July 17, 2016
Niagara-on-the Lake in Ontario, is said to be home of some of the finest Icewines in the world. This is mainly because Canada fulfills a major Icewine making prerequisite, its famous cold temperatures. I recently had the opportunity to visit a few wineries in Niagara on- the-Lake. While it was quite the sampling experience, time was limited and I was only able to carefully compare a few wines. Among them were the 2006 Vidal Icewine, the 2008 Cabernet Franc, and the 2012 Cabernet Franc Icewines. Without a doubt, the well-balanced 2012 Cabernet Franc Icewine, which was aged in French oak and captured the flavours of orange, honey and strawberry, is my favourite. The sweet, creamy and opulent treasured Icewine results from fermentation of concentrated grape juice after the grapes would have stayed on the vine through autumn, allowing them to dry. The freeze-thaw cycle of winter then further dehydrates them. This intensifies the sugar, acids and other components rendering a flavour that is highly concentrated, making a complex wine with deep, rich nuances. Juices are extracted from the grapes frozen on the vine. It is then pressed while still frozen.
The volume of grape juice extracted for Icewine compared to table wine is almost minuscule, which is perhaps one of the main reasons there is a heavy price tag on one small bottle of Icewine. The yield is less than one-quarter of what would be produced by unfrozen grapes. When thinking about the price there is also the high risk of production to take into consideration. Alcohol in wine is produced by a fermentation process, which converts sugar into alcohol by yeast cells.
In Icewine, that fermentation process is slow and difficult in comparison to table wines because of the higher sugar content found in concentrated grape juice. The grapes are harvested at a negative 8 degrees Celsius (17.6 Fᴼ) or below. The juices are then pressed from the frozen grapes by small hydraulic presses. Since the harvest is frozen, higher pressure is required to extract the juices than is needed for regular season harvests. The fermentation process can take from six weeks to six months before the filtration process begins. Some Icewine is bottled, while some may be left to age in oak barrels. Often times most are left to reveal their natural characters.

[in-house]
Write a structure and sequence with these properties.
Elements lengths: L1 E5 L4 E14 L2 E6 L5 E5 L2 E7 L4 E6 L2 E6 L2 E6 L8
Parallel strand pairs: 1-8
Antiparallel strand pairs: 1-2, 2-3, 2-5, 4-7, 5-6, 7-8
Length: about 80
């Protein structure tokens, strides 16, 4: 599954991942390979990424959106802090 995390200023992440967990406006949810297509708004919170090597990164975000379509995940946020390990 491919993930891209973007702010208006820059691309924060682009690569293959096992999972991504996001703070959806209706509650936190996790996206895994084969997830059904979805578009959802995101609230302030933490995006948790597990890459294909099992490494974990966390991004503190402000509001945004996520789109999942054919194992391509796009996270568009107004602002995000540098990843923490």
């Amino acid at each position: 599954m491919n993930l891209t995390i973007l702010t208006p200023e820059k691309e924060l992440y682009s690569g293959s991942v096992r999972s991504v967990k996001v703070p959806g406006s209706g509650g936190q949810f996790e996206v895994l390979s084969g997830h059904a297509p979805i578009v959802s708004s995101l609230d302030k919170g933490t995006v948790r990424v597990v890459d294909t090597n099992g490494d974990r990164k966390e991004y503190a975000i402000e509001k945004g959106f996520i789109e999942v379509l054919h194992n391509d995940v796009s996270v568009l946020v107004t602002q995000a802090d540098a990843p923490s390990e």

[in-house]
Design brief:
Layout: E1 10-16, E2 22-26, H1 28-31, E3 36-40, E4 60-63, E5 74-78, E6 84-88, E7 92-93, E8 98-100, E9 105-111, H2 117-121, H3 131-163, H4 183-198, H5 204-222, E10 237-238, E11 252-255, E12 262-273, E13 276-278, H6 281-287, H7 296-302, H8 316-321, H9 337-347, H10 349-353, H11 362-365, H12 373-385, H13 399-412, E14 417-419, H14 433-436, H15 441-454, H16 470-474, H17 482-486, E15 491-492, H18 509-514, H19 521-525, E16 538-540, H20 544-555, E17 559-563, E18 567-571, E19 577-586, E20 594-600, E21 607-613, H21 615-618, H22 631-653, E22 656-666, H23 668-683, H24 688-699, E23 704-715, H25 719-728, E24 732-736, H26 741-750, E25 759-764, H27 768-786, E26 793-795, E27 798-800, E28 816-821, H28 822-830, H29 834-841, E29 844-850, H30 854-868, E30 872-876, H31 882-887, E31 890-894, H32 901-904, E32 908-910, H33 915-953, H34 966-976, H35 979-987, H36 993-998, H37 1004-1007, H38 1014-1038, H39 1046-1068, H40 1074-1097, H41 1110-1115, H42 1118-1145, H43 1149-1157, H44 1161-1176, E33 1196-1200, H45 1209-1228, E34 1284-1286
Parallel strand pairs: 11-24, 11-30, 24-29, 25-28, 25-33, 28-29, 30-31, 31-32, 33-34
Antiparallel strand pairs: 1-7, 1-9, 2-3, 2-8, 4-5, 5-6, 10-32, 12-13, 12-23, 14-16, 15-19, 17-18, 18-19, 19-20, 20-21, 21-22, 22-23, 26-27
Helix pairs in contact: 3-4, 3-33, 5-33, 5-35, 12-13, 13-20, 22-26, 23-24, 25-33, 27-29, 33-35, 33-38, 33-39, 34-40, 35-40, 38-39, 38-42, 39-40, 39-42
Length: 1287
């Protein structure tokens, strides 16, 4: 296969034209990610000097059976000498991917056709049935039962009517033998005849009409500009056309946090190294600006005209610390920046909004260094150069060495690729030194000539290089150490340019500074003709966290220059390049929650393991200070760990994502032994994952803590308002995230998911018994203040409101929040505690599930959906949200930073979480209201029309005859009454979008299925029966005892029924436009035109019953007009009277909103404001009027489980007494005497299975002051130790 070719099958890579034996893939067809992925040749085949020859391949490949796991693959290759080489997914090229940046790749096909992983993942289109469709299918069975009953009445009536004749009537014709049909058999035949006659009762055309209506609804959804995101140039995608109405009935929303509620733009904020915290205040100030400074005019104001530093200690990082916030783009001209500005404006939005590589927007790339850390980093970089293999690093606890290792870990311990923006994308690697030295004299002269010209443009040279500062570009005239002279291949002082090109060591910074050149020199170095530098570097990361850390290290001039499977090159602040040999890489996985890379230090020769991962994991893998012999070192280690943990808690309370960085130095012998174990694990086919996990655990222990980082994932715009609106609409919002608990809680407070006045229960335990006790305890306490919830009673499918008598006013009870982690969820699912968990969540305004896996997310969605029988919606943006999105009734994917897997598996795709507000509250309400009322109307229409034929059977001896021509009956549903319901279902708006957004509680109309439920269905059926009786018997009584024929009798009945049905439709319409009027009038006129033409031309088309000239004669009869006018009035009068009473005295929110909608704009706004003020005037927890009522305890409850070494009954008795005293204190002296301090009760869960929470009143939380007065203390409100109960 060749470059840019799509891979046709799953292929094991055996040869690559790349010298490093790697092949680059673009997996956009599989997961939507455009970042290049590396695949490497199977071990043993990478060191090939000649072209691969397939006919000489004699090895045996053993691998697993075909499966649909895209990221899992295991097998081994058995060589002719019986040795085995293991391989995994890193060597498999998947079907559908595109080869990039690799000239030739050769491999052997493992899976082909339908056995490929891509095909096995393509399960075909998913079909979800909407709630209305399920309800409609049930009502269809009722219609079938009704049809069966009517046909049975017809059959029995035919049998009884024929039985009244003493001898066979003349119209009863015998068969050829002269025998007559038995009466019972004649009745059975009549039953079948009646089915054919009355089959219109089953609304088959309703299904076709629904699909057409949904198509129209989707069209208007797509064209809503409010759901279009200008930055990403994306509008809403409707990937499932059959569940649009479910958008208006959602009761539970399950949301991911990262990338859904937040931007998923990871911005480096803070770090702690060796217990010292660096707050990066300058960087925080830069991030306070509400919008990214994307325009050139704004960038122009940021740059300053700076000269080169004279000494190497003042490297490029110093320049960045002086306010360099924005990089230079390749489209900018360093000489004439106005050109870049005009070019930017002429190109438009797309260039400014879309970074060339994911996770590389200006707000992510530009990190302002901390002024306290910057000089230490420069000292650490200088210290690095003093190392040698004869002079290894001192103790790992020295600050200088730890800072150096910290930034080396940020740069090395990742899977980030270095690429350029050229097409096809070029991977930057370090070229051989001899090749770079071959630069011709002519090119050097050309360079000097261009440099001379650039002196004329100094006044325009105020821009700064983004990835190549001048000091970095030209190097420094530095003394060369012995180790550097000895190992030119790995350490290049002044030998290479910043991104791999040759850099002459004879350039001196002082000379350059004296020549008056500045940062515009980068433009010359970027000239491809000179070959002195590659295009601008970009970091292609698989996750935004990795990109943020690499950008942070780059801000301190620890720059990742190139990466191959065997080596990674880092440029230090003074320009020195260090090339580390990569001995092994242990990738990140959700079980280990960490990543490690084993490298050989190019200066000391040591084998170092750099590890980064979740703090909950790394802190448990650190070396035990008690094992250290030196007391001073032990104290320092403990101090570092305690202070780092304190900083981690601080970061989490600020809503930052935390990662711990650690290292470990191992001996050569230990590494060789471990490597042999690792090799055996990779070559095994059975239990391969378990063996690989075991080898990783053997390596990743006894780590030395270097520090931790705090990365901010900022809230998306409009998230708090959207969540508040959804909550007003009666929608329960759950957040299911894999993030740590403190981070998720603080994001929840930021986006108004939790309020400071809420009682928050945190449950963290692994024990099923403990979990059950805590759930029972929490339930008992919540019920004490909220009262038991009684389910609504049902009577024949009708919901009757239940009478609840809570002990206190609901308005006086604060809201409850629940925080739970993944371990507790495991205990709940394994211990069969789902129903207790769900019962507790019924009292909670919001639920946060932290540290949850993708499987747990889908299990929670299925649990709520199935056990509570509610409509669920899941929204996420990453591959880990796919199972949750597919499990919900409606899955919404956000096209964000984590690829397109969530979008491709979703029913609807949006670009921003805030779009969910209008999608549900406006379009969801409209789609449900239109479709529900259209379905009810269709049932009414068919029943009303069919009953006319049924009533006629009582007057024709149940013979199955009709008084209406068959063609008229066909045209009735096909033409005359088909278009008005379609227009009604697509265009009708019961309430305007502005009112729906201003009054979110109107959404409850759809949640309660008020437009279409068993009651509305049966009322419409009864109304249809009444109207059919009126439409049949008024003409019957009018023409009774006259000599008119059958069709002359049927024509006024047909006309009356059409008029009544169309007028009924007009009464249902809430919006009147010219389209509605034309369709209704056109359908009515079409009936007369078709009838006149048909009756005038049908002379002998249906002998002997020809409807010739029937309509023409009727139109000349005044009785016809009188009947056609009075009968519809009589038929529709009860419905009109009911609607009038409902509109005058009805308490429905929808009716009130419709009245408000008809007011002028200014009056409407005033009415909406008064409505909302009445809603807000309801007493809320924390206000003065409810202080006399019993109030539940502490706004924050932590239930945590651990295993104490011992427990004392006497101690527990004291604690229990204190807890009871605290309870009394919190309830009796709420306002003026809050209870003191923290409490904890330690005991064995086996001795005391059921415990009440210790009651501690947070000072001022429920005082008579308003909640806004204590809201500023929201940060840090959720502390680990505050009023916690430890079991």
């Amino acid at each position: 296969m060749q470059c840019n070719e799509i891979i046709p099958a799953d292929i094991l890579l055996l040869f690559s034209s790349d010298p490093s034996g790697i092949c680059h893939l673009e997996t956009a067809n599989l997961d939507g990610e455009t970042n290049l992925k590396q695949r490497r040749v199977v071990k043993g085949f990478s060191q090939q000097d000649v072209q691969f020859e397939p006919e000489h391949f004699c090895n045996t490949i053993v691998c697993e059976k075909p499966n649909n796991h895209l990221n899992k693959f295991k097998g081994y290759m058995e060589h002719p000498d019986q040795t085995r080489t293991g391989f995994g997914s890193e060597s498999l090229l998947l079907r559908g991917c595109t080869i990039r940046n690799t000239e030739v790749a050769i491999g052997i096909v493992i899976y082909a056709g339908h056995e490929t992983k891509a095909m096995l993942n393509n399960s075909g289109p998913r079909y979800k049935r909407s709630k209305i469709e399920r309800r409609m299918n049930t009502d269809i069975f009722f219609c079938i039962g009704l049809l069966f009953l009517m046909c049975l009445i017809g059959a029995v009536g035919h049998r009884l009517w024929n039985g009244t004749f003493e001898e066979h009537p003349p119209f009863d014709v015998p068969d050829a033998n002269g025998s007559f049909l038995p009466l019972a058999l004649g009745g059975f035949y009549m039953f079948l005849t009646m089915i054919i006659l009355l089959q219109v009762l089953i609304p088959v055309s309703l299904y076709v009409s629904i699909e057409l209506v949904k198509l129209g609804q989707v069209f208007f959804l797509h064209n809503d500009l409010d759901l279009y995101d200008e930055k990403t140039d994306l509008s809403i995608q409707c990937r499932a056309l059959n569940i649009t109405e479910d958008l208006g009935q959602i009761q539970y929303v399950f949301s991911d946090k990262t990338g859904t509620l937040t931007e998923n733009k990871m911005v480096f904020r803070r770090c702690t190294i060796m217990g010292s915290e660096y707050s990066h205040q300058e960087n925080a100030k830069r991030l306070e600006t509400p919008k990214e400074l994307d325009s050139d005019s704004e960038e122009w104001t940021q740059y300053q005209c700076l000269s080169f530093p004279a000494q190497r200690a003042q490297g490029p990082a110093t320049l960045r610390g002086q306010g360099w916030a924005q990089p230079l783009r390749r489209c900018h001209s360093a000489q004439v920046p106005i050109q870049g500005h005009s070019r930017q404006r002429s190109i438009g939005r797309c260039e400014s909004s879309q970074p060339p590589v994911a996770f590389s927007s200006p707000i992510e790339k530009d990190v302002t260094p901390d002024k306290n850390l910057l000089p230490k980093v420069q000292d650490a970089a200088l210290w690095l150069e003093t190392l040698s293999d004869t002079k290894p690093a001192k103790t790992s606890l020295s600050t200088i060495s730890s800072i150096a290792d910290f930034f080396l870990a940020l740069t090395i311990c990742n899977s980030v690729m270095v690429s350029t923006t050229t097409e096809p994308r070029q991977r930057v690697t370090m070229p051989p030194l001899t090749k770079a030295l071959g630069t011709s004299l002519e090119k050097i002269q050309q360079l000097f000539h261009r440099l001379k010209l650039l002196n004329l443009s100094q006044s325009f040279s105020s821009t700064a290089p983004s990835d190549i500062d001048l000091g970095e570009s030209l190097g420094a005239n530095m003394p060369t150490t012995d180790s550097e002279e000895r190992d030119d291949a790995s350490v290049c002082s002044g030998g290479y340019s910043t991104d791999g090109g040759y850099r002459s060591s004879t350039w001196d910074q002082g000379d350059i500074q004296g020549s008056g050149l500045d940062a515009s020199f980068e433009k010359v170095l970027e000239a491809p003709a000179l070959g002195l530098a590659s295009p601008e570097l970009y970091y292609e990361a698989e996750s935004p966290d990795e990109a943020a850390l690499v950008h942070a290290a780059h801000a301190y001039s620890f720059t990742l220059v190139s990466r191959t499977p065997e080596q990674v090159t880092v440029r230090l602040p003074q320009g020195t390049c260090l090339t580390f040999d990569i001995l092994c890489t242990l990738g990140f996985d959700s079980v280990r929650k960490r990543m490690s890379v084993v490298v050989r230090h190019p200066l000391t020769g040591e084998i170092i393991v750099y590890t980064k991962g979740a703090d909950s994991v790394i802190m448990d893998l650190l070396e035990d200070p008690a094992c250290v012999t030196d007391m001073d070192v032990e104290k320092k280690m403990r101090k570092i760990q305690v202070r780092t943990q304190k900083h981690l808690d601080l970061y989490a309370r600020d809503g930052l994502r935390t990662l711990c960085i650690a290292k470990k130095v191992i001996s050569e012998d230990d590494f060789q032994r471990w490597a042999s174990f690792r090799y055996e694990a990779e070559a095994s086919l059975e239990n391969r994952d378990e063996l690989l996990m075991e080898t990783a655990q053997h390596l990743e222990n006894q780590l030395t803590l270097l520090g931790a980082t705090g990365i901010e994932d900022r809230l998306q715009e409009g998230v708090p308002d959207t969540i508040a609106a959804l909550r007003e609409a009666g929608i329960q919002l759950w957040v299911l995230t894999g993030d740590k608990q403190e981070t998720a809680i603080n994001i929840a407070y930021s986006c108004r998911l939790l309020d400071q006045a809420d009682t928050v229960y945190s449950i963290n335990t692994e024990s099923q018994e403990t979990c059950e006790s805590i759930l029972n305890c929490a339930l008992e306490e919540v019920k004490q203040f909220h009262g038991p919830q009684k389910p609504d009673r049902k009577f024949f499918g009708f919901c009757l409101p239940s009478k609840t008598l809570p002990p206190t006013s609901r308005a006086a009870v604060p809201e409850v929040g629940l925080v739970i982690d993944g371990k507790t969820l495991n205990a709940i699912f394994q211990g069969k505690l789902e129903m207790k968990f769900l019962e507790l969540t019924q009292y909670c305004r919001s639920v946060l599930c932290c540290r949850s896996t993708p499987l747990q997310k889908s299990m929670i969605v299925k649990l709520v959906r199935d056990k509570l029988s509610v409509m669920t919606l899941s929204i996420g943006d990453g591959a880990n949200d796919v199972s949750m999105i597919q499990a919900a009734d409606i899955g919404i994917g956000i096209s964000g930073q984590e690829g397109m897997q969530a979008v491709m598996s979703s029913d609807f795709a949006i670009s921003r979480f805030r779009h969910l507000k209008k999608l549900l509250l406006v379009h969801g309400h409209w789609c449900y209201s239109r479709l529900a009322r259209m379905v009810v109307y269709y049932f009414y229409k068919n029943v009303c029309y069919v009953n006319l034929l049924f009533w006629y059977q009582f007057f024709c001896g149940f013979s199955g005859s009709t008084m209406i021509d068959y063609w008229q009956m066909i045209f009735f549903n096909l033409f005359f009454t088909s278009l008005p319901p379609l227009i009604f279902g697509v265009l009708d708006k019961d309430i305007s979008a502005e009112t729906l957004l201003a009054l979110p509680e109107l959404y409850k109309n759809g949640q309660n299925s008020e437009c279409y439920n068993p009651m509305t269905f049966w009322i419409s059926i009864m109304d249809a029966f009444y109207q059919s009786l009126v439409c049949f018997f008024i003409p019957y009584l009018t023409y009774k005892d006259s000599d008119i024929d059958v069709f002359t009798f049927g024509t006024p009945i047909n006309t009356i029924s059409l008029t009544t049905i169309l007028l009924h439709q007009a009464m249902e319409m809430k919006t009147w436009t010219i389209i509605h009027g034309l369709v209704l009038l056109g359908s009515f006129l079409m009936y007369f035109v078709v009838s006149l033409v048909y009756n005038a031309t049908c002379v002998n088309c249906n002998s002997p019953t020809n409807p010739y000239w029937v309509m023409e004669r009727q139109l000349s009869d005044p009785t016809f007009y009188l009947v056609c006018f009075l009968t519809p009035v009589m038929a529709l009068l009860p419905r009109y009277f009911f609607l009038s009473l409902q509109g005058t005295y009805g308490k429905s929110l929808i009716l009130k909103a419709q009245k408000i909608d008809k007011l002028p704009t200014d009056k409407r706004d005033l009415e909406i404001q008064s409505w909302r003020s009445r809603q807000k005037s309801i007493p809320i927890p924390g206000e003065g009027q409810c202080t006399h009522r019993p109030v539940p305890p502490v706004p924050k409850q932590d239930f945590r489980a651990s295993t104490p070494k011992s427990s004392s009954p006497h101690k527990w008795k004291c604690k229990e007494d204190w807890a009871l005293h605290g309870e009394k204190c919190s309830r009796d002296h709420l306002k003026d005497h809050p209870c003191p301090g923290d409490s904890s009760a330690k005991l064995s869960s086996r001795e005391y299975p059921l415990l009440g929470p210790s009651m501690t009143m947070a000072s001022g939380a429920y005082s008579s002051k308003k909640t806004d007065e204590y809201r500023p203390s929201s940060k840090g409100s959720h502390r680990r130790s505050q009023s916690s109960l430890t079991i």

The method of Icewine making goes back into Roman times. In A Daily Life Encylcopeda volume 2 by James W. Ermatinger it says that, “to accommodate this change the Romans often left the grapes to ripen on the vine well into autumn so as to concentrate their sugars. Although they did not produce ice-wine, the concept is still the same with leaving the grapes on the vine well into late autumn….” However, it is believed that the first Icewine, called Eiswein by the Germans, was made in Germany in the late 1700s. Though Australia and Germany continued to make Icewine, their winters were not always cold enough to freeze the grapes and produce a healthy harvest. This proved to be a problem until they migrated to Canada where winters were harsher. Because of the blistering cold, British Columbia and Ontario successfully produced Icewine.
Ontario, Canada has earned global acclaim for Icewine production. Vintners Quality Alliance has created the most stringent regulations in the world for its production: it must be naturally produced (no artificial freezing); it must have a minimum Brix (sugar content) of 35 degrees; the alcohol must come from the grapes’ natural sugars; and the harvest must not start before November 15th. The two leading producers of traditional Icewine are Canada and Germany. However, there are producers in the United States, Switzerland and Australia.
Image courtesy of Kittikun Atsawintarangkul at FreeDigitalPhotos.net